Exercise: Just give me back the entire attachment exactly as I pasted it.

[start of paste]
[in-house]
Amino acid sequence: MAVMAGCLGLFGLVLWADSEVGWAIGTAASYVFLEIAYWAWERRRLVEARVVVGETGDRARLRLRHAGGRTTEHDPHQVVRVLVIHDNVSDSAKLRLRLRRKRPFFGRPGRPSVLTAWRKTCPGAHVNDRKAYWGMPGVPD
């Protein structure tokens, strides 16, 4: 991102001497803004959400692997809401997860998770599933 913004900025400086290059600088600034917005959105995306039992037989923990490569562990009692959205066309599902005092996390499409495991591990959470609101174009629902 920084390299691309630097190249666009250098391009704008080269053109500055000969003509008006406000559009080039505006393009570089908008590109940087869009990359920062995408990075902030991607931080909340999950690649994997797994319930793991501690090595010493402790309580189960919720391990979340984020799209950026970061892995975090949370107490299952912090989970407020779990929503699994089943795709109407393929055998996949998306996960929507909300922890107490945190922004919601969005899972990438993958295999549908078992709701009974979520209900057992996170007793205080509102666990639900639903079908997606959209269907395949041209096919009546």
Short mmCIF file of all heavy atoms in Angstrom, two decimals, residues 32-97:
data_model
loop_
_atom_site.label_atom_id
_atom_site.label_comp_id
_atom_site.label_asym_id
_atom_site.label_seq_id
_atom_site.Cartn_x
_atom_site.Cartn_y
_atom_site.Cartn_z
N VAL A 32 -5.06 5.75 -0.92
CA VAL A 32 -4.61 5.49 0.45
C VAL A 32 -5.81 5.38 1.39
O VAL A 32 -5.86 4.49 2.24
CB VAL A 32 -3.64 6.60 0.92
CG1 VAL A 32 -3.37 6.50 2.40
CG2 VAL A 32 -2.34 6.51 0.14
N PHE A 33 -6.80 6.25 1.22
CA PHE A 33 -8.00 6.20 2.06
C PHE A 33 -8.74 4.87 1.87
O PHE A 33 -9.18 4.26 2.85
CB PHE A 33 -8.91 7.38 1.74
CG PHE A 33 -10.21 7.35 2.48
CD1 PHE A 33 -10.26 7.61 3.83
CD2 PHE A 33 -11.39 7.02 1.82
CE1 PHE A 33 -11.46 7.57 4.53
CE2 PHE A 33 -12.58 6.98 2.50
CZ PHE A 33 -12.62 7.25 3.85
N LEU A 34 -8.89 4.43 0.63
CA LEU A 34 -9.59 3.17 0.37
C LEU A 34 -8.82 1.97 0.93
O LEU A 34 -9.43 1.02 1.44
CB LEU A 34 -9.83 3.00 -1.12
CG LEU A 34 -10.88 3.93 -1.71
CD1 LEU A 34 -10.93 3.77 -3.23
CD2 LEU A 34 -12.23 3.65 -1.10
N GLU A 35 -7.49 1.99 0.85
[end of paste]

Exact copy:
[in-house]
Amino acid sequence: MAVMAGCLGLFGLVLWADSEVGWAIGTAASYVFLEIAYWAWERRRLVEARVVVGETGDRARLRLRHAGGRTTEHDPHQVVRVLVIHDNVSDSAKLRLRLRRKRPFFGRPGRPSVLTAWRKTCPGAHVNDRKAYWGMPGVPD
């Protein structure tokens, strides 16, 4: 991102001497803004959400692997809401997860998770599933 913004900025400086290059600088600034917005959105995306039992037989923990490569562990009692959205066309599902005092996390499409495991591990959470609101174009629902 920084390299691309630097190249666009250098391009704008080269053109500055000969003509008006406000559009080039505006393009570089908008590109940087869009990359920062995408990075902030991607931080909340999950690649994997797994319930793991501690090595010493402790309580189960919720391990979340984020799209950026970061892995975090949370107490299952912090989970407020779990929503699994089943795709109407393929055998996949998306996960929507909300922890107490945190922004919601969005899972990438993958295999549908078992709701009974979520209900057992996170007793205080509102666990639900639903079908997606959209269907395949041209096919009546």
Short mmCIF file of all heavy atoms in Angstrom, two decimals, residues 32-97:
data_model
loop_
_atom_site.label_atom_id
_atom_site.label_comp_id
_atom_site.label_asym_id
_atom_site.label_seq_id
_atom_site.Cartn_x
_atom_site.Cartn_y
_atom_site.Cartn_z
N VAL A 32 -5.06 5.75 -0.92
CA VAL A 32 -4.61 5.49 0.45
C VAL A 32 -5.81 5.38 1.39
O VAL A 32 -5.86 4.49 2.24
CB VAL A 32 -3.64 6.60 0.92
CG1 VAL A 32 -3.37 6.50 2.40
CG2 VAL A 32 -2.34 6.51 0.14
N PHE A 33 -6.80 6.25 1.22
CA PHE A 33 -8.00 6.20 2.06
C PHE A 33 -8.74 4.87 1.87
O PHE A 33 -9.18 4.26 2.85
CB PHE A 33 -8.91 7.38 1.74
CG PHE A 33 -10.21 7.35 2.48
CD1 PHE A 33 -10.26 7.61 3.83
CD2 PHE A 33 -11.39 7.02 1.82
CE1 PHE A 33 -11.46 7.57 4.53
CE2 PHE A 33 -12.58 6.98 2.50
CZ PHE A 33 -12.62 7.25 3.85
N LEU A 34 -8.89 4.43 0.63
CA LEU A 34 -9.59 3.17 0.37
C LEU A 34 -8.82 1.97 0.93
O LEU A 34 -9.43 1.02 1.44
CB LEU A 34 -9.83 3.00 -1.12
CG LEU A 34 -10.88 3.93 -1.71
CD1 LEU A 34 -10.93 3.77 -3.23
CD2 LEU A 34 -12.23 3.65 -1.10
N GLU A 35 -7.49 1.99 0.85